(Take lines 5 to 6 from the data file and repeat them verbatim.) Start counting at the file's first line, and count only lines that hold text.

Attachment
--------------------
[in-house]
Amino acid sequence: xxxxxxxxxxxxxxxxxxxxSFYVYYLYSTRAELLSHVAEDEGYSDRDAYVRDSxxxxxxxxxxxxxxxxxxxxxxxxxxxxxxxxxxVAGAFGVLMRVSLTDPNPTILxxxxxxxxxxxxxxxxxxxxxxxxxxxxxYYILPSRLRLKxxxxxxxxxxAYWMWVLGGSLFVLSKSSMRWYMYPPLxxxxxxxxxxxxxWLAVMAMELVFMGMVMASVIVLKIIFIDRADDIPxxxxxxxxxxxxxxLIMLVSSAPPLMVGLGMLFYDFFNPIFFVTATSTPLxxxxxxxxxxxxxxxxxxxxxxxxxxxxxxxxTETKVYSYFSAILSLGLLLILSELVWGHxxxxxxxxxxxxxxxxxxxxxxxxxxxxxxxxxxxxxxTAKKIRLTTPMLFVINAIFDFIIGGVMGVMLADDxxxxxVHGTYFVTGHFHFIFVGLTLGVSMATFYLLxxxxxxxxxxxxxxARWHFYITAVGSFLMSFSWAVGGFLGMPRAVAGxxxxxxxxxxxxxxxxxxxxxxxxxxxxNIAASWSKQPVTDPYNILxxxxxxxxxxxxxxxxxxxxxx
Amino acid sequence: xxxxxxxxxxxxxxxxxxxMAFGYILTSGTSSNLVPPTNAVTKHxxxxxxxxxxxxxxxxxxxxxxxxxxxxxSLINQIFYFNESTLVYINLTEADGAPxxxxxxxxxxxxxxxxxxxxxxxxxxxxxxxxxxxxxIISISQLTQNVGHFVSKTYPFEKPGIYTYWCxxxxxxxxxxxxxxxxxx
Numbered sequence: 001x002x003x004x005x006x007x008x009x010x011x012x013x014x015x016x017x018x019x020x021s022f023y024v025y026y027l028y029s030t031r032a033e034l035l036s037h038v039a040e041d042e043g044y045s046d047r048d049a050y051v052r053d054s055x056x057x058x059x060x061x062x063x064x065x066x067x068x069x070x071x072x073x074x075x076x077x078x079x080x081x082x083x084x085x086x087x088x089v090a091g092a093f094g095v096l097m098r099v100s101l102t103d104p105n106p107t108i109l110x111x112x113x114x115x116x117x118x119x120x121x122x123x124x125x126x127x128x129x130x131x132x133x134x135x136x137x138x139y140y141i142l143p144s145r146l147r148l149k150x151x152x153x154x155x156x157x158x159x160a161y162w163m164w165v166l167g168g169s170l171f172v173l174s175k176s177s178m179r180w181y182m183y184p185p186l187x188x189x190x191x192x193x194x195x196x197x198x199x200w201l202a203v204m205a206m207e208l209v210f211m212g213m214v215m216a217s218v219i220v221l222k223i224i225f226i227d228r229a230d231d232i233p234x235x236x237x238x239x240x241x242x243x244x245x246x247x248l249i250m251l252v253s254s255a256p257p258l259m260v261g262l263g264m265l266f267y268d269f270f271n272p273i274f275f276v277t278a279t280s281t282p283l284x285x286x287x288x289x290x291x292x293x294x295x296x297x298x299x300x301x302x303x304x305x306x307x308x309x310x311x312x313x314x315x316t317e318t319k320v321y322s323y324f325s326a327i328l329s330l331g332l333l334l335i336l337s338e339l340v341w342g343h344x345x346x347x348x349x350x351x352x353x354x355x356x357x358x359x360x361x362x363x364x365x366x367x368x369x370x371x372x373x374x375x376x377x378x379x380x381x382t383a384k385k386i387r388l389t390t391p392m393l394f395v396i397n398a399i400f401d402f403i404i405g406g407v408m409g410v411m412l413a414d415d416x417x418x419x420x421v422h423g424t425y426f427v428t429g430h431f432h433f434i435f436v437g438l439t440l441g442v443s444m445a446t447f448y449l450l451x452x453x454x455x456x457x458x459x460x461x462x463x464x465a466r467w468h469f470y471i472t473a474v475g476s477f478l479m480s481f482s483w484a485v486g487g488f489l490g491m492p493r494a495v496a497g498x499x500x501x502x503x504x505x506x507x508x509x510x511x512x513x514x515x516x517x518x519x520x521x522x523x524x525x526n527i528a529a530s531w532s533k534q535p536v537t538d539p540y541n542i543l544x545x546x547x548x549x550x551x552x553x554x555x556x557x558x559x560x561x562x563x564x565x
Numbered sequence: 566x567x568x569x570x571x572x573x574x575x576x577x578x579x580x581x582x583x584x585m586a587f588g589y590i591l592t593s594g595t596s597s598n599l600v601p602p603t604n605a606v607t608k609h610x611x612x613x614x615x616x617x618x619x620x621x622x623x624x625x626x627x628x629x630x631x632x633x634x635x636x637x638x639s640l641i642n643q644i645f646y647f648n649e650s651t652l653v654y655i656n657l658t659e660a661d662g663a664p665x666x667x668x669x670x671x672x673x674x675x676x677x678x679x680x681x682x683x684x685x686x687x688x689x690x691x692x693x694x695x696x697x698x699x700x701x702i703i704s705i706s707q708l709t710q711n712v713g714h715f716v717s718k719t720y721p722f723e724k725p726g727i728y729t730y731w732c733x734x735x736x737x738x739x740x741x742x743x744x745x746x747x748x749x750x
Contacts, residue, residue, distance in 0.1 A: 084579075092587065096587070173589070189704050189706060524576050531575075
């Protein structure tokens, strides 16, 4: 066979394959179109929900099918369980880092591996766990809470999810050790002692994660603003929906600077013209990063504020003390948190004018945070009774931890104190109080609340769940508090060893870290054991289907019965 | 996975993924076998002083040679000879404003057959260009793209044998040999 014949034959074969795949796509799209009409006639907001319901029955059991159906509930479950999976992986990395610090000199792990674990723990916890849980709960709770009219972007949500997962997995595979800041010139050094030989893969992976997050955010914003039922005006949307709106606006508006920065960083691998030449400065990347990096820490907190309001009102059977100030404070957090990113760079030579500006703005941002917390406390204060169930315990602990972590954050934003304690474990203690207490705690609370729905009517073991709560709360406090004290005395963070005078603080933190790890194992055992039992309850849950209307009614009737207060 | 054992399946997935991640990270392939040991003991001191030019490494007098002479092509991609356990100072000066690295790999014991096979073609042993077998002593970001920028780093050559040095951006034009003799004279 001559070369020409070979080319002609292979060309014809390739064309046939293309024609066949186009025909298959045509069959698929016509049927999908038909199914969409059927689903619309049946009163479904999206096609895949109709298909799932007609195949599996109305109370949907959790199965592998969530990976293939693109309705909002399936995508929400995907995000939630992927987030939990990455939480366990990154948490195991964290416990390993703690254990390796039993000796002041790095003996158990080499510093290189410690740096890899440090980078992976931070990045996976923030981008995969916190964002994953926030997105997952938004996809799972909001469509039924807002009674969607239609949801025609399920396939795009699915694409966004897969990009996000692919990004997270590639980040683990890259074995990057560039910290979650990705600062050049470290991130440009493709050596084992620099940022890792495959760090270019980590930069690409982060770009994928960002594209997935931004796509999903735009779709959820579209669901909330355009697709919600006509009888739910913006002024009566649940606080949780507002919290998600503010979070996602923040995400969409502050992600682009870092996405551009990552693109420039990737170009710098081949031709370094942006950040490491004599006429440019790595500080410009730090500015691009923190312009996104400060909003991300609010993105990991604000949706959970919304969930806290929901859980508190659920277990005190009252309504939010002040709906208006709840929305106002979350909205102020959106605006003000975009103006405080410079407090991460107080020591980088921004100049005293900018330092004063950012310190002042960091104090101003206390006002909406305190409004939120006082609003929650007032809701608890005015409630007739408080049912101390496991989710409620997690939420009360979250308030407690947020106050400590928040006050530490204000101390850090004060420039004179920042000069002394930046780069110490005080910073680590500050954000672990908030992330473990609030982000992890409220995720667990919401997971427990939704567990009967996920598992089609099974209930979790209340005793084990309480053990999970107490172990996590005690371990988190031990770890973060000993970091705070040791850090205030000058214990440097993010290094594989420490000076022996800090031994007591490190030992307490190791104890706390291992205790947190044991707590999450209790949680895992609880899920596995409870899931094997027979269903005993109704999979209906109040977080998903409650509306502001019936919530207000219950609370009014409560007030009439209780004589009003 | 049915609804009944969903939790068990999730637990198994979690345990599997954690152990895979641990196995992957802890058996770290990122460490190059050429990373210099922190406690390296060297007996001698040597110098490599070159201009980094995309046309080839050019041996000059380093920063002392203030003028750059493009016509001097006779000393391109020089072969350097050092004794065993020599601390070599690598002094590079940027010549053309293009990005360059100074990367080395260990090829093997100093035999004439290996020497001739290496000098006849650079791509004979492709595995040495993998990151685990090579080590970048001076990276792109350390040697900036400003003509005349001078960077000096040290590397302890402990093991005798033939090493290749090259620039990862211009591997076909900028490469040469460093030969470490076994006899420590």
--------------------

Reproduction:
Numbered sequence: 566x567x568x569x570x571x572x573x574x575x576x577x578x579x580x581x582x583x584x585m586a587f588g589y590i591l592t593s594g595t596s597s598n599l600v601p602p603t604n605a606v607t608k609h610x611x612x613x614x615x616x617x618x619x620x621x622x623x624x625x626x627x628x629x630x631x632x633x634x635x636x637x638x639s640l641i642n643q644i645f646y647f648n649e650s651t652l653v654y655i656n657l658t659e660a661d662g663a664p665x666x667x668x669x670x671x672x673x674x675x676x677x678x679x680x681x682x683x684x685x686x687x688x689x690x691x692x693x694x695x696x697x698x699x700x701x702i703i704s705i706s707q708l709t710q711n712v713g714h715f716v717s718k719t720y721p722f723e724k725p726g727i728y729t730y731w732c733x734x735x736x737x738x739x740x741x742x743x744x745x746x747x748x749x750x
Contacts, residue, residue, distance in 0.1 A: 084579075092587065096587070173589070189704050189706060524576050531575075